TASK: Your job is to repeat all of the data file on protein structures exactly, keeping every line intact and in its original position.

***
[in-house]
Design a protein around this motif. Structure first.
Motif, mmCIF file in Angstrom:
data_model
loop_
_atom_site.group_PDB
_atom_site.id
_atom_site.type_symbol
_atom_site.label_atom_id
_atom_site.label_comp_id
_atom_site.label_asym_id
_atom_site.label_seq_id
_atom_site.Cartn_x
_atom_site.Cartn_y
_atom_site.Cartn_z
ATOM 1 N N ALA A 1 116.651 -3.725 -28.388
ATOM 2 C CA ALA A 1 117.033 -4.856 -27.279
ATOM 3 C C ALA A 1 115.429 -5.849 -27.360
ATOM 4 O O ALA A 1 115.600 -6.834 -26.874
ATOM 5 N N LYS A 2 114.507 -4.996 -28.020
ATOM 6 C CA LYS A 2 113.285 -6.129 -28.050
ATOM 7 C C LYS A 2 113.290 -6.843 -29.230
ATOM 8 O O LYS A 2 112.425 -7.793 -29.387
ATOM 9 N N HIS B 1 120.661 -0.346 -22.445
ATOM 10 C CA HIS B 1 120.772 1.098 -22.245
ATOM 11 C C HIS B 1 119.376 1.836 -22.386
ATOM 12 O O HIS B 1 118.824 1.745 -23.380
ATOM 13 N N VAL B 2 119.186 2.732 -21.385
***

[in-house]
Design a protein around this motif. Structure first.
Motif, mmCIF file in Angstrom:
data_model
loop_
_atom_site.group_PDB
_atom_site.id
_atom_site.type_symbol
_atom_site.label_atom_id
_atom_site.label_comp_id
_atom_site.label_asym_id
_atom_site.label_seq_id
_atom_site.Cartn_x
_atom_site.Cartn_y
_atom_site.Cartn_z
ATOM 1 N N ALA A 1 116.651 -3.725 -28.388
ATOM 2 C CA ALA A 1 117.033 -4.856 -27.279
ATOM 3 C C ALA A 1 115.429 -5.849 -27.360
ATOM 4 O O ALA A 1 115.600 -6.834 -26.874
ATOM 5 N N LYS A 2 114.507 -4.996 -28.020
ATOM 6 C CA LYS A 2 113.285 -6.129 -28.050
ATOM 7 C C LYS A 2 113.290 -6.843 -29.230
ATOM 8 O O LYS A 2 112.425 -7.793 -29.387
ATOM 9 N N HIS B 1 120.661 -0.346 -22.445
ATOM 10 C CA HIS B 1 120.772 1.098 -22.245
ATOM 11 C C HIS B 1 119.376 1.836 -22.386
ATOM 12 O O HIS B 1 118.824 1.745 -23.380
ATOM 13 N N VAL B 2 119.186 2.732 -21.385